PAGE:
Europe Interview: Andrey Vatutin Of CSKA Moscow
After losing their second Euroleague final in the last four years, CSKA Moscow president and CEO Andrey Vatutin felt the team needed changes. The 38-year-old Vatutin believes that bringing back a well-known coach, a few new players and a three-year development program is the way CSKA will win another title.
RealGM sat down with Vatutin in Tallinn, Estonia to talk about the last season, changes and the future of CSKA.
RealGM: What goes through your mind when you think at the previous Euroleague final?
Vatutin: It’s the past. It’s the last season. It’s a bad experience, but at the same it is also experience. We built a new team with a new coach and a new three-year strategy. It’s the past and now we only think about the future and the targets of the next season. It’s a bad experience; we deserved that [Euroleague] title, but it’s basketball.
RealGM: After the Euroleague title slipped away in the final seconds, did you know immediately that changes were coming for CSKA?
Vatutin: It’s a different story. In my point of view, it is impossible to think about one season. We invited Ettore Messina for three years. I believe that three years is enough time to build any sports team. It’s impossible to build a new team every season. Last season we invited a lot of good players, [Nenad] Krstic, [Andrei] Kirilenko, [Milos] Teodosic, but the system didn’t work. Now we try to invite new and young players. Our number one target is to build a new generation of CSKA.
RealGM: Contininuing on Messina, did you keep in touch with him since he left CSKA?
Vatutin: He’s my friend. After he worked in CSKA for four years, we built a strong relationship. We kept in touch through phone and Skype all the time. After last season, we talked only with Messina. There were rumors we talked with [Zeljko] Obradovic and [David] Blatt. We never did that. I think now Messina has a very good combination of European and American experience. He knows the system of the Lakers and the NBA, therefore he will help us for sure not only as a coach, but also as a manager. He knows both American and European markets, and I think it’s a very interesting project. He helps not only one team, but also young coaches, organizes clinics and many other things. It’s a good bridge between American and European basketball.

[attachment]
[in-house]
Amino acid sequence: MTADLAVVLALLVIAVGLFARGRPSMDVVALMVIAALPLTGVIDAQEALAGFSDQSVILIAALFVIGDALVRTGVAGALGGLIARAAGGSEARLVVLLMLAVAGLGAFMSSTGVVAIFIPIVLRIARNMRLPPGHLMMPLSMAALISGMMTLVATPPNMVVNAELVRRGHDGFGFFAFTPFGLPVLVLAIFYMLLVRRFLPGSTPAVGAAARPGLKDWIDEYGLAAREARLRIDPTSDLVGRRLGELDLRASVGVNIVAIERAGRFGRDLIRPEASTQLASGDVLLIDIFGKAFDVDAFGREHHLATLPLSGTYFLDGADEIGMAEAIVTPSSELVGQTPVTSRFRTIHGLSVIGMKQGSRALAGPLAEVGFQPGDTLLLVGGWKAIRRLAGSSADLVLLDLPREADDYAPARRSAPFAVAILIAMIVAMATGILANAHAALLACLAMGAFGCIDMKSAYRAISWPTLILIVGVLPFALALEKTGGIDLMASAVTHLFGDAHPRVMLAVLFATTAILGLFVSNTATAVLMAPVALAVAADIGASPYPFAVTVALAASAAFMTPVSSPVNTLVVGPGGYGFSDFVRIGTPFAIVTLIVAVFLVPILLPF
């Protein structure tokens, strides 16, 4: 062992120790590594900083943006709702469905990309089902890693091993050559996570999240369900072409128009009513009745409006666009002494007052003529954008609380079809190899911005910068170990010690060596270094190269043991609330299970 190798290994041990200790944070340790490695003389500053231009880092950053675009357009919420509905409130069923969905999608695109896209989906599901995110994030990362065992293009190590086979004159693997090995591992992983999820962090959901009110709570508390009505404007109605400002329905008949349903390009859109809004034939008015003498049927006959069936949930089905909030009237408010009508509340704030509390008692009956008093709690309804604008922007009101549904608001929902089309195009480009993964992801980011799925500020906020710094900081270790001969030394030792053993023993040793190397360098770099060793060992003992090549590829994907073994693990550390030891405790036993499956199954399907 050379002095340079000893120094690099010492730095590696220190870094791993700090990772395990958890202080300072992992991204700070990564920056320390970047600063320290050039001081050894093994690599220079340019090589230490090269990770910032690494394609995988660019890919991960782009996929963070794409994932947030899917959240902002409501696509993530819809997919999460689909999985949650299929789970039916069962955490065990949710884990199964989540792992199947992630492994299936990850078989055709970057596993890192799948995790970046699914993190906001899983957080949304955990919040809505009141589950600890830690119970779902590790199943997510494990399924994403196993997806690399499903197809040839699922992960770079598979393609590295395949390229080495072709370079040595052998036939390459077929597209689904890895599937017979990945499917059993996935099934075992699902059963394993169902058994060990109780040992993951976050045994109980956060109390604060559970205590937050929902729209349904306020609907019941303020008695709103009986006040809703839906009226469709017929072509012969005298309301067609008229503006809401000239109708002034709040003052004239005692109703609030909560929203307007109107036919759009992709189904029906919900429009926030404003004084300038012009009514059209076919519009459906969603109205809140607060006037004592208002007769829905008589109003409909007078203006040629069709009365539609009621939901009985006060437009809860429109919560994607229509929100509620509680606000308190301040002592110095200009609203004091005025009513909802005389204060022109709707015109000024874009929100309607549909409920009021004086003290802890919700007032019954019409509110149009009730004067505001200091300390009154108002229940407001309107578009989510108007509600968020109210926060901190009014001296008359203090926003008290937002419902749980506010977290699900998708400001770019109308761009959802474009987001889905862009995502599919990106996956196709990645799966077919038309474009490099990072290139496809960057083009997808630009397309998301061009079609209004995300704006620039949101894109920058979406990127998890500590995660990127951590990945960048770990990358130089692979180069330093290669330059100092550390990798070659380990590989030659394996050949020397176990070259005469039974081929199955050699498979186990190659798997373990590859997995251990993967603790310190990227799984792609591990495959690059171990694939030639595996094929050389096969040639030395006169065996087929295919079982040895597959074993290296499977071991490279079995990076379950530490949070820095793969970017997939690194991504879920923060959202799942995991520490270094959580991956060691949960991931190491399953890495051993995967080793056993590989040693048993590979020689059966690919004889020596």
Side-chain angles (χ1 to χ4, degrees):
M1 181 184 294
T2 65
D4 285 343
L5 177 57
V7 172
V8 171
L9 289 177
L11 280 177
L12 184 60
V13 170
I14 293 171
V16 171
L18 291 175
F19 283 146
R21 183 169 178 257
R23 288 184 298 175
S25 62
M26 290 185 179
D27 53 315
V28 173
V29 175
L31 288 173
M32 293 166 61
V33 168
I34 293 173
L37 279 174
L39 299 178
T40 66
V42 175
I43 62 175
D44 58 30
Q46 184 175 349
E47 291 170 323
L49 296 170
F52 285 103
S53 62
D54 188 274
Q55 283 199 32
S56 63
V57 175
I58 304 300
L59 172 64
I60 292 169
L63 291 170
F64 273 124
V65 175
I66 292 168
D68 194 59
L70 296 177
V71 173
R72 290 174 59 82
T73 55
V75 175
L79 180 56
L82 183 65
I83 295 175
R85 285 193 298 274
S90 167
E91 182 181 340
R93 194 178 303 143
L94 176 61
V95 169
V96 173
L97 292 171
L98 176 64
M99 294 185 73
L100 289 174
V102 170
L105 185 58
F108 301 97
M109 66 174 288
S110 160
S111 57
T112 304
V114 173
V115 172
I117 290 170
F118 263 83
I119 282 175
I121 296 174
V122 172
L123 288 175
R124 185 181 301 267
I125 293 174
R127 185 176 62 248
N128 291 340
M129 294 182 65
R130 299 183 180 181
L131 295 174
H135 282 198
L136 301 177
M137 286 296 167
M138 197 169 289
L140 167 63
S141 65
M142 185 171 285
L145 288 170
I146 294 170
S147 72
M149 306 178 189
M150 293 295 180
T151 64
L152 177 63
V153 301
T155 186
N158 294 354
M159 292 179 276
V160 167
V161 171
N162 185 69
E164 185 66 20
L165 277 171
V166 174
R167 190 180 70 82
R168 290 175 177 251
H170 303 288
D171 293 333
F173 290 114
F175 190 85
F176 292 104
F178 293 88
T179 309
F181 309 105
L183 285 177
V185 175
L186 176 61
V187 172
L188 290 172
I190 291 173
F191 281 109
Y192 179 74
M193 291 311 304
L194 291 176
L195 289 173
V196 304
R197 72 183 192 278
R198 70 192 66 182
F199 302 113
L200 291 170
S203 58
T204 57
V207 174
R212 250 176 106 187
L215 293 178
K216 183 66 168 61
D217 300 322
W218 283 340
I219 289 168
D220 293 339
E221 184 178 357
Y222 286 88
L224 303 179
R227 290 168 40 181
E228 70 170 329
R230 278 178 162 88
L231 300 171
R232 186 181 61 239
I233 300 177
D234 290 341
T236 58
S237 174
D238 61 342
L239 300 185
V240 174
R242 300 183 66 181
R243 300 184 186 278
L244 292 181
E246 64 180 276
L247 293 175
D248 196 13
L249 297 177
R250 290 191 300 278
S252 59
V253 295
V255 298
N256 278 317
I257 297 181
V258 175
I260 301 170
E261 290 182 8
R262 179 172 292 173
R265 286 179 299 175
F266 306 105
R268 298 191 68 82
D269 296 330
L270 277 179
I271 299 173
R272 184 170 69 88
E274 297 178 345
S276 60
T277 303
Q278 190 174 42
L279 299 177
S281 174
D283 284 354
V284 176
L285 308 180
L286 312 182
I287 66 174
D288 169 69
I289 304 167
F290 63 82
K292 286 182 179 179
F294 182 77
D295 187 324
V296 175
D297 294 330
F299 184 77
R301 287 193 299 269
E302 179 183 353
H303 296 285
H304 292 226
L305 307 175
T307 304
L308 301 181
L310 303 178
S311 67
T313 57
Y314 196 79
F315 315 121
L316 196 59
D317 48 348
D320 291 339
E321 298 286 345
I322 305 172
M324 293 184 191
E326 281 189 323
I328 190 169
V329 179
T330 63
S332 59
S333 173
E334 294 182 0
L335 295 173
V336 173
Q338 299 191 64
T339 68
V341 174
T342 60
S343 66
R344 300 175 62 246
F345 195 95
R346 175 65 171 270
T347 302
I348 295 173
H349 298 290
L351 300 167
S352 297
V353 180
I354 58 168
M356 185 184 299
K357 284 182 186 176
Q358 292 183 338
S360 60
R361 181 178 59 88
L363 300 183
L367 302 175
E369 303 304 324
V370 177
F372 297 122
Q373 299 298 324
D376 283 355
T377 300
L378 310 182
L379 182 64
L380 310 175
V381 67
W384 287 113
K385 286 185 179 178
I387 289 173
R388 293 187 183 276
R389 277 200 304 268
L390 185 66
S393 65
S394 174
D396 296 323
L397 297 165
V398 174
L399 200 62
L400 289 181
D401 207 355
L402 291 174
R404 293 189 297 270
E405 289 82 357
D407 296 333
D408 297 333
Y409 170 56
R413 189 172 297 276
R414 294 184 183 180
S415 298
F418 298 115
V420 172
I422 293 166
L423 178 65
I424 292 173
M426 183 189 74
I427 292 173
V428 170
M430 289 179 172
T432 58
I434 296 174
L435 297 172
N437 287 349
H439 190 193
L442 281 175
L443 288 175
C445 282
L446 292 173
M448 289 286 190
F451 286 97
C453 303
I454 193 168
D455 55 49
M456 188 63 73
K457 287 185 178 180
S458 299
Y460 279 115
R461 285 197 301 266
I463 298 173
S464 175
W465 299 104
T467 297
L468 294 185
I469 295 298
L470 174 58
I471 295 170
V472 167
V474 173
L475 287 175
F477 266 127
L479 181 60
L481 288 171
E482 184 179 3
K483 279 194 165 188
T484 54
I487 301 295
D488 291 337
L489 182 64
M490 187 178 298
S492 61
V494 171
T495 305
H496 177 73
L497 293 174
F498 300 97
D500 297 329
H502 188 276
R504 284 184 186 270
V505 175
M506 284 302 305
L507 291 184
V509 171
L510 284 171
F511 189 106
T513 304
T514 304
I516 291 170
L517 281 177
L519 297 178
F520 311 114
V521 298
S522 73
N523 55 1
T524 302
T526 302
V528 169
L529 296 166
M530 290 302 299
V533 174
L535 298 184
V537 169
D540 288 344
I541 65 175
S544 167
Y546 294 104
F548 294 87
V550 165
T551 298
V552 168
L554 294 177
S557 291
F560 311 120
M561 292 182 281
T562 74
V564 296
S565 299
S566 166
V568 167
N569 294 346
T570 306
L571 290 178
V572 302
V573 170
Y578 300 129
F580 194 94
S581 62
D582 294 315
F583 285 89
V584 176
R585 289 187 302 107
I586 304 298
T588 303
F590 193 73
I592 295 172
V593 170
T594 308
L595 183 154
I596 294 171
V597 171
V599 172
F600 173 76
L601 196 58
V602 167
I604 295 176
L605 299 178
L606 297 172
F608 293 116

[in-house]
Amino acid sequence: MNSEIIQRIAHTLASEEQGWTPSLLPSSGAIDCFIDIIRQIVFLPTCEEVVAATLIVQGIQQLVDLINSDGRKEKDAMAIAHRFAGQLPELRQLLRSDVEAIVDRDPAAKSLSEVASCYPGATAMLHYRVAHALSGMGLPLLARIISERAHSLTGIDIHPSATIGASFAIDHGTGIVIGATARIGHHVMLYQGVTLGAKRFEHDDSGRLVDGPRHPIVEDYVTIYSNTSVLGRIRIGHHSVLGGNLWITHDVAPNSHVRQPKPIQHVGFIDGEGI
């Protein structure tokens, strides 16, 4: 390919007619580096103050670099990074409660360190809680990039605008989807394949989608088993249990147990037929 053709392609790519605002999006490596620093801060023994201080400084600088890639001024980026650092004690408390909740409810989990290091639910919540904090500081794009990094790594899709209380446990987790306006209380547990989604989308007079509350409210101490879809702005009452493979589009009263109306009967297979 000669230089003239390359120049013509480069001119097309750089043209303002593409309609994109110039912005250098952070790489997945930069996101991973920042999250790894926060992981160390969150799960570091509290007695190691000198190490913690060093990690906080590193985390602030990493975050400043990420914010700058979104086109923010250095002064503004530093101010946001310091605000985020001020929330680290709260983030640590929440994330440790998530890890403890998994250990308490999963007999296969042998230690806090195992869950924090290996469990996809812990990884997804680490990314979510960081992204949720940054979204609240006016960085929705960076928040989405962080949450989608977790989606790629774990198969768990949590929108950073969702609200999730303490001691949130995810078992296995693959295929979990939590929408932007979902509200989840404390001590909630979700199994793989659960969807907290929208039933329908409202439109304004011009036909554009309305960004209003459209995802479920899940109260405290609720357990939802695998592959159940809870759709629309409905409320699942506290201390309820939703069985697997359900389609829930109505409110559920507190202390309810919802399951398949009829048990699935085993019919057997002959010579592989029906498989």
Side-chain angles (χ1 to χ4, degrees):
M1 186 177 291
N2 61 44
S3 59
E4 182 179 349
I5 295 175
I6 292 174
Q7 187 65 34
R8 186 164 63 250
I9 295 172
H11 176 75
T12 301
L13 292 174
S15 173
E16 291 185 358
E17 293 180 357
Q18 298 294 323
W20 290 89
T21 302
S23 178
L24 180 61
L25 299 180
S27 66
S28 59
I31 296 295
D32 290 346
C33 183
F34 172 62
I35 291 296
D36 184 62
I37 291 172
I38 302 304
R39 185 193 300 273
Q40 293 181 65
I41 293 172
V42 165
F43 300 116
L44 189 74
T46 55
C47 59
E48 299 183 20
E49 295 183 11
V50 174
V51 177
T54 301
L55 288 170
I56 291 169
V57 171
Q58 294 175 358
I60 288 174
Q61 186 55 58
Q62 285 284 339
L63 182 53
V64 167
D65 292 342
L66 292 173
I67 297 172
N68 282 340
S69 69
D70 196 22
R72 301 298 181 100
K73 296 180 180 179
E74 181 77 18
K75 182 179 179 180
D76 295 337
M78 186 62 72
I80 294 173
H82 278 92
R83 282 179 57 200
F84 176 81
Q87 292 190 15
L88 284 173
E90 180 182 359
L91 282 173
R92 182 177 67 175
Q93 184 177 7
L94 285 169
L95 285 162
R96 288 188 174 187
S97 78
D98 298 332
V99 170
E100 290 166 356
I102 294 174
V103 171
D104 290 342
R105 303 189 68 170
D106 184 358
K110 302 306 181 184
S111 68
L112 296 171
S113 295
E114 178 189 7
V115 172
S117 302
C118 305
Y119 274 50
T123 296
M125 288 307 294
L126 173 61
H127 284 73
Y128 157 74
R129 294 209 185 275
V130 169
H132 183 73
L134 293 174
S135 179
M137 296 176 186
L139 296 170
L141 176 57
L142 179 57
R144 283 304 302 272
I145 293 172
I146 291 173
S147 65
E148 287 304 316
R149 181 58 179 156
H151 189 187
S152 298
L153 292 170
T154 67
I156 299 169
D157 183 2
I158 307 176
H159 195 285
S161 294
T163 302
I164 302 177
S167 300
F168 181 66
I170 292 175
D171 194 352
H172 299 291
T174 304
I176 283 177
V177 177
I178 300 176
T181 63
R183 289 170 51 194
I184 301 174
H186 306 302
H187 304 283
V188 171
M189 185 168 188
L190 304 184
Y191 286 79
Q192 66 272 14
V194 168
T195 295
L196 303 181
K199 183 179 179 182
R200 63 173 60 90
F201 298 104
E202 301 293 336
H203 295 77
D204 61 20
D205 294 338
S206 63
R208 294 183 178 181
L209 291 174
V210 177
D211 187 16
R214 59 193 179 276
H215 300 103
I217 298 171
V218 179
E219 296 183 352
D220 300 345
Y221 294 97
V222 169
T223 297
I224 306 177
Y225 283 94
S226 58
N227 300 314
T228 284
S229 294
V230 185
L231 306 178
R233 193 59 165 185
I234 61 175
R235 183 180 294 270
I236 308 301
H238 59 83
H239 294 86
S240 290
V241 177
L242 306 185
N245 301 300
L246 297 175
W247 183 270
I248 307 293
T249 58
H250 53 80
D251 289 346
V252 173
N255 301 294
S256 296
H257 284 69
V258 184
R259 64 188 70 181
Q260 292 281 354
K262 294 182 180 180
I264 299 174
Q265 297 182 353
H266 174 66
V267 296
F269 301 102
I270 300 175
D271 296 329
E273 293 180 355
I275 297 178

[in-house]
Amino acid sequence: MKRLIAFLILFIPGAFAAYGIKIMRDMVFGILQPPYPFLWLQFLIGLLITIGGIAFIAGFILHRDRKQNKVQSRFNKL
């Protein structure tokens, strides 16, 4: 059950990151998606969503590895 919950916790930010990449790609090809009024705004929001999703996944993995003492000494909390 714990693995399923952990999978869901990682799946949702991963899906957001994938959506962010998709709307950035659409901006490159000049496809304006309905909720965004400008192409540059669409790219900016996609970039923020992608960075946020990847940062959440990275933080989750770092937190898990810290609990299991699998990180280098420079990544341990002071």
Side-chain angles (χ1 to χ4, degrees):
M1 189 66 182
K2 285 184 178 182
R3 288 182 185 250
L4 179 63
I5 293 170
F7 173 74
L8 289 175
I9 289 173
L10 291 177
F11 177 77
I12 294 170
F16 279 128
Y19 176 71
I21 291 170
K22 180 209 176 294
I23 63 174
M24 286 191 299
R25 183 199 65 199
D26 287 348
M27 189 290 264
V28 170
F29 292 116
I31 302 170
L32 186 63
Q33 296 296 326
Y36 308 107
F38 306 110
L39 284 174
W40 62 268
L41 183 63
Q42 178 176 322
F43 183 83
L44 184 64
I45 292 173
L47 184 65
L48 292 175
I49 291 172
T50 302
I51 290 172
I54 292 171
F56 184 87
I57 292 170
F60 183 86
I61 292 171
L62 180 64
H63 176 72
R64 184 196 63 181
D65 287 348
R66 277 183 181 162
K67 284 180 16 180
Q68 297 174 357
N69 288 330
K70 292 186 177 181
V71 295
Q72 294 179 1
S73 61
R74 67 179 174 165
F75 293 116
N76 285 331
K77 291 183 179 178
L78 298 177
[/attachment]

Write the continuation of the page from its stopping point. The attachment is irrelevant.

RealGM: CSKA has made changes not only a coaching change, but also brought a few new players. What are the expectations for the new guys like Aaron Jackson, Zoran Erceg and Drew Nicholas?
Vatutin: The main goal is to improve our roster and each position. Jackson can be better than [Jamont] Gordon, while Nicholas will strengthen our team with his three-point shooting. I think [Andrei] Kirilenko will stay, but for now I don’t know that yet. It’s up to him to decide and I don’t know when he will announce his decision. We kept Krstic and now the main question is Kirilenko. If he stays, we will use one strategy, if not, we will find another player for his position. We also added two players from our youngsters’ team. I think now we have a good combination of experience and youth.
RealGM: Did the departure of Alexey Shved, who left the team and signed with the Minnesota Timberwolves surprise you?
Vatutin: No, not at all. For sure he deserves this. I don’t know if he’s ready or not. I think he’s ready mentally. He’s young and life in Russia and the States will be the same for him. In the NBA, Alexey can be useful on offense, but he’s absolutely not ready to play defense. I think the Timberwolves will give him a chance. [Ricky] Rubio is injured; therefore Alexey will get some playing time.
RealGM: CSKA has been a dominant power in European basketball for years. How do you manage to keep players and team members motivated day in and day out?
Vatutin: It’s very difficult to motivate the team after last season’s Euroleague Final Four. If you win the Euroleague title, it’s difficult to motivate the team for the Russian league. Even if you don’t, it’s the same thing. I believe that each player and manager of CSKA can play under pressure. If you work for CSKA, Barcelona or the Lakers, you always feel pressure. It’s something specific and you have to work for CSKA to understand that.
RealGM: Even though Russia has only one place in the Euroleague, do you feel that basketball is on the rise in basketball?
Vatutin: Sports wise, we deserve a minimum of three places in the Euroleague because of TV rights, merchandising and marketing. But for Euroleague, it’s not easy to put three Russian teams. I believe that Unics Kazan will qualify to the Euroleague and we will have three teams.